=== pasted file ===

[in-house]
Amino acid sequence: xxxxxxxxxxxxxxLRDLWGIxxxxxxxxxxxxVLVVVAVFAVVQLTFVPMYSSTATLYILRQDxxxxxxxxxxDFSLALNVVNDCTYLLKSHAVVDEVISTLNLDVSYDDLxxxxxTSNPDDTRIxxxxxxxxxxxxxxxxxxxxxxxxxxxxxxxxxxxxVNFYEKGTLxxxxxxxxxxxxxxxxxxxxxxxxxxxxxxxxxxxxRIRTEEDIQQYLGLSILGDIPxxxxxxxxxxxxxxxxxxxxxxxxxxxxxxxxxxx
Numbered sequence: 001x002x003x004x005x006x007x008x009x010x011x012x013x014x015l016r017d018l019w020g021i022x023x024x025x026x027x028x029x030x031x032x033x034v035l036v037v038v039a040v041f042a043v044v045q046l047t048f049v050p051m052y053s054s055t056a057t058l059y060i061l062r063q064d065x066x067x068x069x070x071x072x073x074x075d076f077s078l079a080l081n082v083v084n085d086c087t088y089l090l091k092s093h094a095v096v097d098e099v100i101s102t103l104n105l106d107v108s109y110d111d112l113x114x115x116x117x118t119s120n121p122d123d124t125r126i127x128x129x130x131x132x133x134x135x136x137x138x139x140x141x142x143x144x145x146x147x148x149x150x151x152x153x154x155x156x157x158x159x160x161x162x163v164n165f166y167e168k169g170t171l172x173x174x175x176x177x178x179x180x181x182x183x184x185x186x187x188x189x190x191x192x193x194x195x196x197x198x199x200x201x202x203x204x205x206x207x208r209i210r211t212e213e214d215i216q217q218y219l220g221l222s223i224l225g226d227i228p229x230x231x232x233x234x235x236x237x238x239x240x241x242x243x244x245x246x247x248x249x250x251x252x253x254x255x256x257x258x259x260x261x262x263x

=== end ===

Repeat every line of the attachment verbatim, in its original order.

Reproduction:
[in-house]
Amino acid sequence: xxxxxxxxxxxxxxLRDLWGIxxxxxxxxxxxxVLVVVAVFAVVQLTFVPMYSSTATLYILRQDxxxxxxxxxxDFSLALNVVNDCTYLLKSHAVVDEVISTLNLDVSYDDLxxxxxTSNPDDTRIxxxxxxxxxxxxxxxxxxxxxxxxxxxxxxxxxxxxVNFYEKGTLxxxxxxxxxxxxxxxxxxxxxxxxxxxxxxxxxxxxRIRTEEDIQQYLGLSILGDIPxxxxxxxxxxxxxxxxxxxxxxxxxxxxxxxxxxx
Numbered sequence: 001x002x003x004x005x006x007x008x009x010x011x012x013x014x015l016r017d018l019w020g021i022x023x024x025x026x027x028x029x030x031x032x033x034v035l036v037v038v039a040v041f042a043v044v045q046l047t048f049v050p051m052y053s054s055t056a057t058l059y060i061l062r063q064d065x066x067x068x069x070x071x072x073x074x075d076f077s078l079a080l081n082v083v084n085d086c087t088y089l090l091k092s093h094a095v096v097d098e099v100i101s102t103l104n105l106d107v108s109y110d111d112l113x114x115x116x117x118t119s120n121p122d123d124t125r126i127x128x129x130x131x132x133x134x135x136x137x138x139x140x141x142x143x144x145x146x147x148x149x150x151x152x153x154x155x156x157x158x159x160x161x162x163v164n165f166y167e168k169g170t171l172x173x174x175x176x177x178x179x180x181x182x183x184x185x186x187x188x189x190x191x192x193x194x195x196x197x198x199x200x201x202x203x204x205x206x207x208r209i210r211t212e213e214d215i216q217q218y219l220g221l222s223i224l225g226d227i228p229x230x231x232x233x234x235x236x237x238x239x240x241x242x243x244x245x246x247x248x249x250x251x252x253x254x255x256x257x258x259x260x261x262x263x